Registering vRO’s extension with vCenter
Let’s finally register the vRO extension by running the following workflow:
Library > vCenter > Configuration > Register vCenter Orchestrator as a vCenter Server extension
This part was tricky because the second field only ask for the address of the orchestrator server. At first I only entered the IP address of the vCO server and while the workflow did succeed, it did not actually register the vRO extension. Also, if you don’t enter the correct port, the extension will register but won’t be visible in the web client. This was tripping me up for a while. I’d run it and it would succeed, but no extension. I looked at the MOB of an older vCO instance I have and it had the address of the vCO server registered as https://vco.vmware.local:8281 and once I tried that it worked. Port 8281 is the vRO application port. After a run you will see:
[2015-09-28 11:21:17.851] [I] Registered this extension with host vc6d.vmware.local
As I mentioned, just because the workflow completed successfully, it doesn’t mean it actually worked. We can run the following workflow to verify that it succeeded:
Library > vCenter > Configuration > List the vCenter Orchestrator extensions of vCenter Server
If your registration was successful, you’ll see output similar to:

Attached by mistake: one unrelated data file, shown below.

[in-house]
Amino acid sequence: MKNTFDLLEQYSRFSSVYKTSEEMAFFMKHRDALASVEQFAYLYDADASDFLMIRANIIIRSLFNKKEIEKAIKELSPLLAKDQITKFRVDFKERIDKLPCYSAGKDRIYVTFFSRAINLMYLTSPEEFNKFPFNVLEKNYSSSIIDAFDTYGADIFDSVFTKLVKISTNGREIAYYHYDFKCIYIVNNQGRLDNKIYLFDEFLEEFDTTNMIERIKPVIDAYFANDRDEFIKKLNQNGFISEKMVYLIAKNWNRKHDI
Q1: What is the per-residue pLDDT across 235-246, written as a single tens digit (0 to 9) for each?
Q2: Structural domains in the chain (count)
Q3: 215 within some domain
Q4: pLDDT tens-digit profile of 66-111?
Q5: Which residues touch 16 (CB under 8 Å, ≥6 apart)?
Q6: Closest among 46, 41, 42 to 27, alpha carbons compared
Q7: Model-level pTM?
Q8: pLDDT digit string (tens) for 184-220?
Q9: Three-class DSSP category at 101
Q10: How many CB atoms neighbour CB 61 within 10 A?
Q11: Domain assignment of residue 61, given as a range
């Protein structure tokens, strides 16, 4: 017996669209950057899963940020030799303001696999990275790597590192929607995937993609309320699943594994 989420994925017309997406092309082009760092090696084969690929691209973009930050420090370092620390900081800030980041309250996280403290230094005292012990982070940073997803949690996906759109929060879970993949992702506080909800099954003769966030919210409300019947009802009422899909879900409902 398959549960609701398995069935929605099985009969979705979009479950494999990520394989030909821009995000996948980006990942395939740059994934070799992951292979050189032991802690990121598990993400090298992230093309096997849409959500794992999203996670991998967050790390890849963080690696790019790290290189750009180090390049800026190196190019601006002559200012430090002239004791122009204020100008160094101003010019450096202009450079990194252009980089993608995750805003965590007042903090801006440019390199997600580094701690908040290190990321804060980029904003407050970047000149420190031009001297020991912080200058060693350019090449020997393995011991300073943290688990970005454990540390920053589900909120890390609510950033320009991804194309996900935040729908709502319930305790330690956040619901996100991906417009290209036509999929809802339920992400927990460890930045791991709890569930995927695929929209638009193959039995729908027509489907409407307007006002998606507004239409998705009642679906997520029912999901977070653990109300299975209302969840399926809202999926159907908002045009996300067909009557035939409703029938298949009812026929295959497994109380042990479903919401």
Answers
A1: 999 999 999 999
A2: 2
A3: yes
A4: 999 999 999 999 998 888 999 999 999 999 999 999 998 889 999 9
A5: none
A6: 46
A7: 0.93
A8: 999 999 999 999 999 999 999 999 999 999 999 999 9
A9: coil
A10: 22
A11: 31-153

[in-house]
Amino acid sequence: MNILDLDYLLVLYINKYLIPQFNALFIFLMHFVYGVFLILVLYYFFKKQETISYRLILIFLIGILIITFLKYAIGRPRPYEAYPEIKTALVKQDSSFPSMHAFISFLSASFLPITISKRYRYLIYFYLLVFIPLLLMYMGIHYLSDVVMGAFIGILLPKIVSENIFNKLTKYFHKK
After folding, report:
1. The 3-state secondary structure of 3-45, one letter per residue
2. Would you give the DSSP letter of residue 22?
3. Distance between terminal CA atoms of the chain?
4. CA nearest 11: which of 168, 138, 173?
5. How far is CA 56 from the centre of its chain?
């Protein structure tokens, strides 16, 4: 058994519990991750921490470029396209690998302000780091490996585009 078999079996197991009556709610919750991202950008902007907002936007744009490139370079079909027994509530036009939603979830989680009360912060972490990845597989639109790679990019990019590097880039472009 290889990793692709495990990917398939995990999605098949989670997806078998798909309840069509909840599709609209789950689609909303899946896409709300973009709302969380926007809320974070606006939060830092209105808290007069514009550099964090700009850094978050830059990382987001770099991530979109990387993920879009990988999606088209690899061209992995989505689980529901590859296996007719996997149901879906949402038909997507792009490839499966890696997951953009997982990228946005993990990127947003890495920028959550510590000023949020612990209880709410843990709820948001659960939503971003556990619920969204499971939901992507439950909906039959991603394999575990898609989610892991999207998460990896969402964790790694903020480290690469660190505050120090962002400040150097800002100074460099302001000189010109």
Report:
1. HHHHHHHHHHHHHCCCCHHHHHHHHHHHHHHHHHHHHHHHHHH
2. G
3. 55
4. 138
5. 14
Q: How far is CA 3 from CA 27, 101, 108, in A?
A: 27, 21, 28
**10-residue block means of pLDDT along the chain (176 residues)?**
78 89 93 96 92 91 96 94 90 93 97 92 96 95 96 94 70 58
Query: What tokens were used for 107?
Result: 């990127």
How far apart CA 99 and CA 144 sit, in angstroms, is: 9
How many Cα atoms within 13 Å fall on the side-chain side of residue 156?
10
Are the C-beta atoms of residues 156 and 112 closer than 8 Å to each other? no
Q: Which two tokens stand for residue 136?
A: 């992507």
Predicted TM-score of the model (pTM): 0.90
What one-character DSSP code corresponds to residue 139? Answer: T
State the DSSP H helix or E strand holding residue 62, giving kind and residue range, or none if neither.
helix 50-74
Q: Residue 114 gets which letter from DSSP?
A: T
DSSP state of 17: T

Now if I access the vCenter MOB again at https://vc6d.vmware.local/mob and select content > Extension Manager > (more…), I see the following:
If I select the com.vmware.vco extension and then client, I see:
Yay. Unfortunately, the vSphere web client won’t show the vRO information yet. The vSphere web client service needs to be restarted in order to get the vRO info to show up. We can do this by logging into the vCenter machine and running:
service vsphere-client restart
In my lab I’m using the vCenter appliance. For windows you can restart the service in the control panel.
I’ve noticed that sometimes it may take a few minutes before the vRO instance to show up in the web client. You may see the following error before then:
Error occurred while processing request. Check vSphere WebClient logs for details.
I saw the error for about 15 minutes. Once whatever causes the error to go away, you should see the following in the web client:
vRO SSO Configuration
The last thing I want to demonstrate is a workflow for changing vRO’s authentication mechanism to SSO, importing the necessary certs and vCenter licenses. I’m going to configure vRO to use SSO authentication against my vSphere 6.0 U1 platform services controller (PSC). This can be done by running the following workflow:
Library > Configuration > vSphere > vSphere configuration
As you can see below, this workflow imports the needed certificates, licenses and configures vRO use my PSC’s SSO. You have to add the vCenter server instance before running this workflow. The component manager URL will be your PSC (vc6d-psc.vmware.local for me) with the /cm path:
If we log into the vRO configuration app, we can see that the configuration was successful.
Even though we’ve changed the authentication method, we still need restart the vRO server before the changes will take effect.
Once the server has been restarted you should be able to log into the vRO client using a user that is in your vRO admin group.